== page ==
Video_1_Changes in a Cone Opsin Repertoire Affect Color-Dependent Social Behavior in Medaka but Not Behavioral Photosensitivity.MP4 (1.12 MB)

Video_1_Changes in a Cone Opsin Repertoire Affect Color-Dependent Social Behavior in Medaka but Not Behavioral Photosensitivity.MP4

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posted on 12.08.2020 by Nodoka Kanazawa, Mayuko Goto, Yumi Harada, Chiaki Takimoto, Yuuka Sasaki, Tamaki Uchikawa, Yasuhiro Kamei, Megumi Matsuo, Shoji Fukamachi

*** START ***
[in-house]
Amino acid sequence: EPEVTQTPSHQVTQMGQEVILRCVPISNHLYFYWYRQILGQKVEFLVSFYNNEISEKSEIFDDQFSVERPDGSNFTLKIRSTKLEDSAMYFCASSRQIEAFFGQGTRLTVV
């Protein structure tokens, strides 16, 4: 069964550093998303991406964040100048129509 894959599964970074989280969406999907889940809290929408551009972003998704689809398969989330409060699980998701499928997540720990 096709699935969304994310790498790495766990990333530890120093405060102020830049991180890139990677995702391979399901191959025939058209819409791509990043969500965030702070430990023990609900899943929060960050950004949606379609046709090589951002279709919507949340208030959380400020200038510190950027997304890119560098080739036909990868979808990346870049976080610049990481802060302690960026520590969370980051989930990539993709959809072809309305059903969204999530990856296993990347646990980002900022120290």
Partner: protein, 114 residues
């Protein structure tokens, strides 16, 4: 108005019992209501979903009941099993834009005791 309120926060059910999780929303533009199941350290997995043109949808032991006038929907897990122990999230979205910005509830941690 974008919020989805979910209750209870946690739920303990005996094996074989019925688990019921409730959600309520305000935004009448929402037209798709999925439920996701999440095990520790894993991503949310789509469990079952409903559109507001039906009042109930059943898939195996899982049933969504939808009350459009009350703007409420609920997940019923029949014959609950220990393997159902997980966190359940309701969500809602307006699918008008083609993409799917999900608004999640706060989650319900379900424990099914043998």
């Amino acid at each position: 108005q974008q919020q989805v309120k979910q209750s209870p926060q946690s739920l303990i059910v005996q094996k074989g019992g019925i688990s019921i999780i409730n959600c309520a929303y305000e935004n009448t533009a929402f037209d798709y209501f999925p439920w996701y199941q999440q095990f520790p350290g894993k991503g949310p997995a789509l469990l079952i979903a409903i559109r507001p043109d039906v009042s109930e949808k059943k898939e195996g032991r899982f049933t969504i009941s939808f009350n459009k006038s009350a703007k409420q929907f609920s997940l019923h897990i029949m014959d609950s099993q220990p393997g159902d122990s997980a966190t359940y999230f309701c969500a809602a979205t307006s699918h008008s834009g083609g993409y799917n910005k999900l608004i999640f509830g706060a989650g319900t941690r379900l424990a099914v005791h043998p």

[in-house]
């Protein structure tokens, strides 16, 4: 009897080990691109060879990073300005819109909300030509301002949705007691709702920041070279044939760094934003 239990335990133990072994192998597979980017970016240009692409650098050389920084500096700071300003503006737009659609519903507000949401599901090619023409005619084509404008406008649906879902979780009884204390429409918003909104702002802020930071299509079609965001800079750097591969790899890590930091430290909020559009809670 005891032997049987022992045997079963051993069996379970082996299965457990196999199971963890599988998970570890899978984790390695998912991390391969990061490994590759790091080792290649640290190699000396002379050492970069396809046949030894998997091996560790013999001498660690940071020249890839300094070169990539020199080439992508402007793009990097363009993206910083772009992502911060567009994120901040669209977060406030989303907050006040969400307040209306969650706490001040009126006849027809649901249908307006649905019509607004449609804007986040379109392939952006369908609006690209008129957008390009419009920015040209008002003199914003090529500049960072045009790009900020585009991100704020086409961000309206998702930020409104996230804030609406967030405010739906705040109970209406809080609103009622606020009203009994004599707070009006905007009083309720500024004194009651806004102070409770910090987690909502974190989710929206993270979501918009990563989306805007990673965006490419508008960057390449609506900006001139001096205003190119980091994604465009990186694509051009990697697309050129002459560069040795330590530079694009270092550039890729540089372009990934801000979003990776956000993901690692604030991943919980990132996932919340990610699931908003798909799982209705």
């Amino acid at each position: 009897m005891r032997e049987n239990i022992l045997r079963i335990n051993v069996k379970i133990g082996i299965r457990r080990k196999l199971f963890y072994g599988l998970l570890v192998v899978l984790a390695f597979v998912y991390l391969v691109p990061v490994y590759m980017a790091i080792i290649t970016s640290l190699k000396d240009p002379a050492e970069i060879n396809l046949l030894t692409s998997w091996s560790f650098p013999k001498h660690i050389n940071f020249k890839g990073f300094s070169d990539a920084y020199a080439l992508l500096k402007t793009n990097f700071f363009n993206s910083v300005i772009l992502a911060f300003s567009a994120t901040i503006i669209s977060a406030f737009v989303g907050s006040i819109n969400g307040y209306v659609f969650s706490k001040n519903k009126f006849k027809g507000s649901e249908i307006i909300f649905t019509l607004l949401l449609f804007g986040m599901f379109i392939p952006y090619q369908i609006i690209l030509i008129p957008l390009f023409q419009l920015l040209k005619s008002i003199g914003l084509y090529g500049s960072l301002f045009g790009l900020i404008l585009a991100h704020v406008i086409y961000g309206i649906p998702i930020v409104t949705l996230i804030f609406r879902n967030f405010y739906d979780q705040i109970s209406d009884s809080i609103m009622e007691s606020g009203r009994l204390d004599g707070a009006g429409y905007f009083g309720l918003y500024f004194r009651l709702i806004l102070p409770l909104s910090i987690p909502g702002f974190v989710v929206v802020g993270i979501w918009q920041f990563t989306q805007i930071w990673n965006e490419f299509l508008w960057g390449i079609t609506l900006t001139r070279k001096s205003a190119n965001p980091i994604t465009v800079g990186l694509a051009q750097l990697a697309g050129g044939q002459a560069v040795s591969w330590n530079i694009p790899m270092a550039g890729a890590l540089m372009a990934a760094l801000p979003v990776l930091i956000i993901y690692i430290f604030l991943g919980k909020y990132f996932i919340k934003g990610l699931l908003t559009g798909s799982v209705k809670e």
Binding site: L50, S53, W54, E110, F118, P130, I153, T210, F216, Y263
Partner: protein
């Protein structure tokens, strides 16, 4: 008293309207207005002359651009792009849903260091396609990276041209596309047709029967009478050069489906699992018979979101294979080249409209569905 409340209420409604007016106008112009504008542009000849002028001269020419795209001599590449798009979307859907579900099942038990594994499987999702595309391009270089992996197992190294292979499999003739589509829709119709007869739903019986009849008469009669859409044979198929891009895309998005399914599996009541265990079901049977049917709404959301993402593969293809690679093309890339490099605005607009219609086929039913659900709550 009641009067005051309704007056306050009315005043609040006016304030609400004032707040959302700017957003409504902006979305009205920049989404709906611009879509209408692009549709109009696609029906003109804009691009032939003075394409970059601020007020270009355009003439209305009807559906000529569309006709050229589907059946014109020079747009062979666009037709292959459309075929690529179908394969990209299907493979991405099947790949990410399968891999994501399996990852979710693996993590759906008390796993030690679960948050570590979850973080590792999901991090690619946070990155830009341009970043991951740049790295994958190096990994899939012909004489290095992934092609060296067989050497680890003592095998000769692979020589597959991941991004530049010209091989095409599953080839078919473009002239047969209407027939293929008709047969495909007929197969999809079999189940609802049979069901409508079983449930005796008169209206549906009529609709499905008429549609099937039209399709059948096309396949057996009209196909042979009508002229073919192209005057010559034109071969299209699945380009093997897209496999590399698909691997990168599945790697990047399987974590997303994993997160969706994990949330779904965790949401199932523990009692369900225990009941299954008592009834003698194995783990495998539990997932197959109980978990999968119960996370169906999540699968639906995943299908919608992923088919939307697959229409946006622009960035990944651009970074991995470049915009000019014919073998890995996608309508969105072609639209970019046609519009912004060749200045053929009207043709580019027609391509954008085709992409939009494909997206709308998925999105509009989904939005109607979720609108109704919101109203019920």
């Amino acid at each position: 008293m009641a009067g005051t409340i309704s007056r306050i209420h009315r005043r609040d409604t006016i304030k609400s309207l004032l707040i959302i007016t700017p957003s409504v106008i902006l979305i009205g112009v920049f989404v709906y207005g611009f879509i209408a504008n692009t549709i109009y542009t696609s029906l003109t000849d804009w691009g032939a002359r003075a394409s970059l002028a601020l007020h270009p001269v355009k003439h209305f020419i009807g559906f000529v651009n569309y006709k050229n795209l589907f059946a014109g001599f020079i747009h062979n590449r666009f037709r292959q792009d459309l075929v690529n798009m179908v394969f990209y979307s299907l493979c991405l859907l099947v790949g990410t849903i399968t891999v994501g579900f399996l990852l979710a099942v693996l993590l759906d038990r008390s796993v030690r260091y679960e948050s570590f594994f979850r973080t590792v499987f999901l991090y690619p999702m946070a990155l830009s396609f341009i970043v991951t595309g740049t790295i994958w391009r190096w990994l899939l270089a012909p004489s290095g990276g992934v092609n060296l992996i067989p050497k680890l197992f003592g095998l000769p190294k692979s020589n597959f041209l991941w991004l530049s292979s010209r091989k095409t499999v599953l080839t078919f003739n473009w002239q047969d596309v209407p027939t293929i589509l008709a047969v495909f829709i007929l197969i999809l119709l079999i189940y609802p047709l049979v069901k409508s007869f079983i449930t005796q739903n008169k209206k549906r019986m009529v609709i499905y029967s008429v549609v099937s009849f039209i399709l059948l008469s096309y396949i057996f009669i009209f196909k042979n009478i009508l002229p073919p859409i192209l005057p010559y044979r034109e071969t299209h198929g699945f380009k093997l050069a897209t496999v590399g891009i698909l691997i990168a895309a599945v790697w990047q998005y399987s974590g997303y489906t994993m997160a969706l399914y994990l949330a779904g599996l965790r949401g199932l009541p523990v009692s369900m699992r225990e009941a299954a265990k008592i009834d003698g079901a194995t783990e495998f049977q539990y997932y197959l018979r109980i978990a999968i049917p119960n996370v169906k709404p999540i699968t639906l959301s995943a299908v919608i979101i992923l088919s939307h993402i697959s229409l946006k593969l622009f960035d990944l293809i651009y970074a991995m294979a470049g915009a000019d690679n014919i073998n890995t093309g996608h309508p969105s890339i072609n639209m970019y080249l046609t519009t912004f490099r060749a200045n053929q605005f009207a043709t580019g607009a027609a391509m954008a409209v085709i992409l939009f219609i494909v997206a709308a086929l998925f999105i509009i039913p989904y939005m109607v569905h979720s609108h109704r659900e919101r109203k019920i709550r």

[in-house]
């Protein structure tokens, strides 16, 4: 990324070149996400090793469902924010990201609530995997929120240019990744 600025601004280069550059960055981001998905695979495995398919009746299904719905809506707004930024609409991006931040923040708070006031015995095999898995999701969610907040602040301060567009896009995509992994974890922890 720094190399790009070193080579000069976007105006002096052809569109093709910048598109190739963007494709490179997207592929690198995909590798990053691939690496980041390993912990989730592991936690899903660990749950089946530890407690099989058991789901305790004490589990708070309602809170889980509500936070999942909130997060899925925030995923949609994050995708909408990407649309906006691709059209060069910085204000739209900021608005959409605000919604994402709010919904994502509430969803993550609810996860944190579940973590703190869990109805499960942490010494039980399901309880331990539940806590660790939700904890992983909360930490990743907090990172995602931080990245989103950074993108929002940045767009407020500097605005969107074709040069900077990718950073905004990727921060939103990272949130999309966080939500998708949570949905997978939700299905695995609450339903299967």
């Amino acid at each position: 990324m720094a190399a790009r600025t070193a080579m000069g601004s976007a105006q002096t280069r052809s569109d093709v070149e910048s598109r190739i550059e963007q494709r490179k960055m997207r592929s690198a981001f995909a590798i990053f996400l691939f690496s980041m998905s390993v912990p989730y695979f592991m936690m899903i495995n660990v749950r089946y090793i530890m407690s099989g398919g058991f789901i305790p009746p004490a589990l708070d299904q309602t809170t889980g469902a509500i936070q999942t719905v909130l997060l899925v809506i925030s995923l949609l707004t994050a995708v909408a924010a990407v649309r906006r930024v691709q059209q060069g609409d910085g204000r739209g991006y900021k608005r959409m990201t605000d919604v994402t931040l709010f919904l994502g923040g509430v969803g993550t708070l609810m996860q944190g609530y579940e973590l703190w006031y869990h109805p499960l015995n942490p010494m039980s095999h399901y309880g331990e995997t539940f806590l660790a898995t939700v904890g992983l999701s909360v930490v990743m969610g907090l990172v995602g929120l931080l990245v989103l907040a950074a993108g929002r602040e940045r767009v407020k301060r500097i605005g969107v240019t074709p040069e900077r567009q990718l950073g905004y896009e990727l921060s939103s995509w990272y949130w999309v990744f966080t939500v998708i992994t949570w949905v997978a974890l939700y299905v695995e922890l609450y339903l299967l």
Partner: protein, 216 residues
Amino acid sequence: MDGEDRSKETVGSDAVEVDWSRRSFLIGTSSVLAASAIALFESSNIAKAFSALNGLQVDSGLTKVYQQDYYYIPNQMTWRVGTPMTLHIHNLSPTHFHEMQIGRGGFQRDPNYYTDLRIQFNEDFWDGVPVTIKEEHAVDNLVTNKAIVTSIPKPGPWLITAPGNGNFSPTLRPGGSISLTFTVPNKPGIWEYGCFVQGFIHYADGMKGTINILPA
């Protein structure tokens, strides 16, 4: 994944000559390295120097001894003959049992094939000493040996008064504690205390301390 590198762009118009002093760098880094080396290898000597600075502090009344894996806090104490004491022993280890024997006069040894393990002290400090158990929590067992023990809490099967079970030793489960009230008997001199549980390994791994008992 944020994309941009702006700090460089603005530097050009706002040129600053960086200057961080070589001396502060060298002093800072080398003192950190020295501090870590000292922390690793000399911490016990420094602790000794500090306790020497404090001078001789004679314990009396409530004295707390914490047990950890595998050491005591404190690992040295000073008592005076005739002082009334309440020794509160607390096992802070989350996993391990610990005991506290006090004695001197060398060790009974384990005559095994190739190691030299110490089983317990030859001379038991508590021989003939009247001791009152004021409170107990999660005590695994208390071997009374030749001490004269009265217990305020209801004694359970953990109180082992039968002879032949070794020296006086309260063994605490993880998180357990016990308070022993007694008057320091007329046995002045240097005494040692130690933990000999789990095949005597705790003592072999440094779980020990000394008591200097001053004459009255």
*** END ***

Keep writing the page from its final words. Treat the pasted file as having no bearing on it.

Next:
Common ancestors of vertebrates had four types of cone opsins: short-wavelength sensitive 1 (SWS1), SWS2, rhodopsin 2 (RH2), and long-wavelength sensitive (LWS) types. Whereas fish and birds retain all the types, mammals have lost two of them (SWS2 and RH2) possibly because of their nocturnal lifestyle during the Mesozoic Era. Considering that the loss of cone opsin types causes so-called color blindness in humans (e.g., protanopia), the ability to discriminate color by trichromatic humans could be lower than that in potentially tetrachromatic birds and fish. Behavioral studies using color-blind (cone opsin-knockout) animals would be helpful to address such questions, but it is only recently that the genome-editing technologies have opened up this pathway. Using medaka as a model, we introduced frameshift mutations in SWS2 (SWS2a and/or SWS2b) after detailed characterization of the loci in silico, which unveiled the existence of a GC–AG intron and non-optic expressed-sequence-tags (ESTs) that include SWS2a in part. Transcripts from the mutated SWS2 loci are commonly reduced, suggesting that the SWS2a/b-double mutants could produce, if any, severely truncated (likely dysfunctional) SWS2s in small amounts. The mutants exhibited weakened body color preferences during mate choice. However, the optomotor response (OMR) test under monochromatic light revealed that the mutants had no defect in spectral sensitivity, even at the absorbance maxima (λmax) of SWS2s. Evolutionary diversification of cone opsins has often been discussed in relation to adaptation to dominating light in habitats (i.e., changes in the repertoire or λmax are for increasing sensitivity to the dominating light). However, the present results seem to provide empirical evidence showing that acquiring or losing a type of cone opsin (or changes in λmax) need not substantially affect photopic or mesopic sensitivity. Other points of view, such as color discrimination of species-specific mates/preys/predators against habitat-specific backgrounds, may be necessary to understand why cone opsin repertories are so various among animals.

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